Join Ellery Connell for an in-depth discussion in this video Symmetry, part of Getting Started with MODO 601.
In this video, we'll have a look at symmetry in Modo. And how it can be used in object creation and editing in order to make your workflow much faster. So, Modo can use symmetry in x, y, or z-axis at one time. So, I'm going to choose symmetry on the x and pick up my trusty Tube tool. And now as I click out points, you can see that it is mirroring across my x-axis. This even works if you happen to cross the axis. If I click over here, see that it will follow this across.
Then as I go back and edit this, you can see that the edits are all taking place across both axes simultaneously. So, this can be really useful in quickly creating mirrored geometry that you might want to be working on. This is also useful if you already have geometry. Let's go ahead and drop that and throw in a sphere by Shift-clicking on this Sphere button there. And again, with symmetry on, on the x. If I click and select Polygon, as you can see that mirror polygons are being selected.
Now, this can also be very useful. and you can switch to any different axis. So you can see, now if I switch to the y, it's going to mirror my selections around the y, or z is going to be very similar to the x. Just across the oppisite axis. So, this also takes effect for painting and sculpting in a lot of different places, that will allow you to do symmetrical editing of your geometry on polygon vertex, or edge level. And also on a stub polygon level, when you're working with sculpting, and even when you're working with textures and texture painting.
As you paint on one side, it will mirror across and allow you to get good mirrored symmetry. Then if you want to go back and create some difference on both sides, you can turn off symmetry and make some small edits to either side. And you're ready and good to go. So working in symmetry is very good to get a handle on. Remember that if you are off axis. So, if I take this entire thing, let me turn my symmetry off here. And move my sphere over to the side a little bit. And now if I turn my symmetry on in the x, this isn't going to work. Because it works on the axes themselves. So, since this is now off axis, I'm not going to have anything symmetrical to work with.
So, something to keep in mind. If your symmetry gets broken at any time, then you'll probably want to do something like delete half of the object. So oftentimes, what will happen is if, let's just say for the sake of argument I have this part here indented a little bit. Now, the symmetry might read that here so let's give it a quick look. Oops, let's go to the z symmetry. Now, you can see because of that edit, I'm no longer getting symmetry in this area because this part here is is not symmetrical. If I get down to lower sections and all the section around it, see, I still have symmetry but this block in the middle has lost its symmetry.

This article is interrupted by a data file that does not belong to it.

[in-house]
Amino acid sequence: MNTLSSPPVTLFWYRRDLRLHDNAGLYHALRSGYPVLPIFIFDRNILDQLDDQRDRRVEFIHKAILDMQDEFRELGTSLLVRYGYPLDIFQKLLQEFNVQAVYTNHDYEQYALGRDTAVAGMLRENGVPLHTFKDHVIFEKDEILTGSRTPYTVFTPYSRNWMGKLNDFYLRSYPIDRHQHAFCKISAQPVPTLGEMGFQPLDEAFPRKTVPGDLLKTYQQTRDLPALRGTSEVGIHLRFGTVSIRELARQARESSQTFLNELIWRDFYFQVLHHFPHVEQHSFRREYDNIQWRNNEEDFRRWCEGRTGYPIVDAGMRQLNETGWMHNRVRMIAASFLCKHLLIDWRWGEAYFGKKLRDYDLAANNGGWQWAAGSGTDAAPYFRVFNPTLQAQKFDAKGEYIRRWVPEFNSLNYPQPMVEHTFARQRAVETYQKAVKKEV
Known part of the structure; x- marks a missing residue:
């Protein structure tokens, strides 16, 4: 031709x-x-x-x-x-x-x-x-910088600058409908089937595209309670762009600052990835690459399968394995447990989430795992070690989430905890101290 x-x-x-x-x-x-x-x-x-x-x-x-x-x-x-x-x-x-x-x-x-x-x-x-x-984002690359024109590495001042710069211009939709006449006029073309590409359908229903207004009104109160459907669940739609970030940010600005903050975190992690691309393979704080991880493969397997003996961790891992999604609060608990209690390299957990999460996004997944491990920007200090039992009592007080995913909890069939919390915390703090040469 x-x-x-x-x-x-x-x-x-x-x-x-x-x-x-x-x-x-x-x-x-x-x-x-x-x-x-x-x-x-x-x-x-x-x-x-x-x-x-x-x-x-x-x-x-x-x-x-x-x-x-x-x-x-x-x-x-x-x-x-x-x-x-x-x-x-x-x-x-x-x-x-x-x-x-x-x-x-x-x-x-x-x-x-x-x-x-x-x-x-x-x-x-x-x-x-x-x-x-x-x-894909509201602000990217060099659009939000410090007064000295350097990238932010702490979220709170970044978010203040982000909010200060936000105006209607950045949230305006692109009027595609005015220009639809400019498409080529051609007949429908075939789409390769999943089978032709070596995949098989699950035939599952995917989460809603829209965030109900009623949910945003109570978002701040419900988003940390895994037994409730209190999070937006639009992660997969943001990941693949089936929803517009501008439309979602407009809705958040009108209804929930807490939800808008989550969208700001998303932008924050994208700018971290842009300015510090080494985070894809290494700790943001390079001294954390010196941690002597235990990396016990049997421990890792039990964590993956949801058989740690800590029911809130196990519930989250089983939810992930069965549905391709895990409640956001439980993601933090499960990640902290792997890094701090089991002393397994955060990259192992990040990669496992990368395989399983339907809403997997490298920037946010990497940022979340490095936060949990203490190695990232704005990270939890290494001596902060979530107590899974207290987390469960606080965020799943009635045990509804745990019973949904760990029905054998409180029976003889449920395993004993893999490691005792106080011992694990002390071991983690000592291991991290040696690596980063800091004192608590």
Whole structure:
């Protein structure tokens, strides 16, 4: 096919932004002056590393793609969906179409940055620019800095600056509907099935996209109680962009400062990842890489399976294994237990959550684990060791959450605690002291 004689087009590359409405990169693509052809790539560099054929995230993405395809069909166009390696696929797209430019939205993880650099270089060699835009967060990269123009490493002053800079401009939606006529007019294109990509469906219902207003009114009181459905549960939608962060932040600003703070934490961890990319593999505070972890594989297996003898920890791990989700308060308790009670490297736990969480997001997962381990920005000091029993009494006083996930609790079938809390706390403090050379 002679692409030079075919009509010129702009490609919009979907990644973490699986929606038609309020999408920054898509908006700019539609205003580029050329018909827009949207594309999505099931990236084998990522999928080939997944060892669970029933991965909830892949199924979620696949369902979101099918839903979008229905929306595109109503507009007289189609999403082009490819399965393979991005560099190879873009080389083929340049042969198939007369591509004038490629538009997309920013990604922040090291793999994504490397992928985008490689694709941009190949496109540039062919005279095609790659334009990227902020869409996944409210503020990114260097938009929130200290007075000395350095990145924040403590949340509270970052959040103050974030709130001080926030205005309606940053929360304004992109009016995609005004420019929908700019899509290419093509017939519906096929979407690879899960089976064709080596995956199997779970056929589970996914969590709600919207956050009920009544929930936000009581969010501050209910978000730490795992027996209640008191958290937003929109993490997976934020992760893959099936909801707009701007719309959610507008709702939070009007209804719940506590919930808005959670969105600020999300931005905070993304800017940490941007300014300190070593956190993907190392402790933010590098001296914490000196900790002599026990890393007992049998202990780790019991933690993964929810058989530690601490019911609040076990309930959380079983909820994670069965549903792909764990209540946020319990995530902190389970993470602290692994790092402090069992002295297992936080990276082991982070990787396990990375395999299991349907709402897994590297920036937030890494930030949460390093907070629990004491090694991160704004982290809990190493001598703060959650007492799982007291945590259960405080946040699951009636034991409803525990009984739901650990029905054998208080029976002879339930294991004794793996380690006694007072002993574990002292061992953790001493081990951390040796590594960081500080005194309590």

So, let's say I wanted to keep symmetry on that one side. There's a very quick workflow technique that you can use to get your symmetry back. There is a tool to fix symmetry, but a lot of times I like to do this the manual way it's good to know how to get your symmetry going again. I'm going to turn symmetry off. And I'm going to just right-click, just to the left side of my y-axis here. So, Click and Drag that around. And then again, remember that we have a straight line that connects our selection, so release right down there. And now, you can see that I selected the entire right-hand side. Or if you're looking at the View port in this perspective, it's the left -and side.
This is the unedited side. Then I can take this and cut it out. Now, if you wanted to deleted the other half, remember you can use the open bracket key next to the P key to invert your selection. So, let's just go on the left-hand side and cut that out. Now, I have just half of my object. Once you have one half selected and deleted, you can press Shift+V, which is your Mirror tool or the mirror generator. Which is also found under the Duplicate tab here in your modeling options.
And make sure that you're going the right direction. In this case, I want to duplicate across the z. So I choose the z-axis and click Apply. We can see that has now created a duplicate of my geometry that has this little dent included. So now, if I turn my z symmetry on, I have my symmetry back and ready to go. Now oftentimes, when you're working on an object, it's very common to get your symmetry broken. That's a really quick way to get you back on track and be able to edit once again in symmetry. So, symmetry is a quick way of getting your work done and really only having to do half the work. A lot of things that you might model are going to be symmetrical. Look for that symmetry, use your symmetry and it will save you a lot of time.
- What is MODO?
- Understanding 3D design
- The MODO layout tabs
- MODO fundamentals
- Working with modeling tools
- Materials, textures, and surfaces
- UV mapping
- Lighting and rendering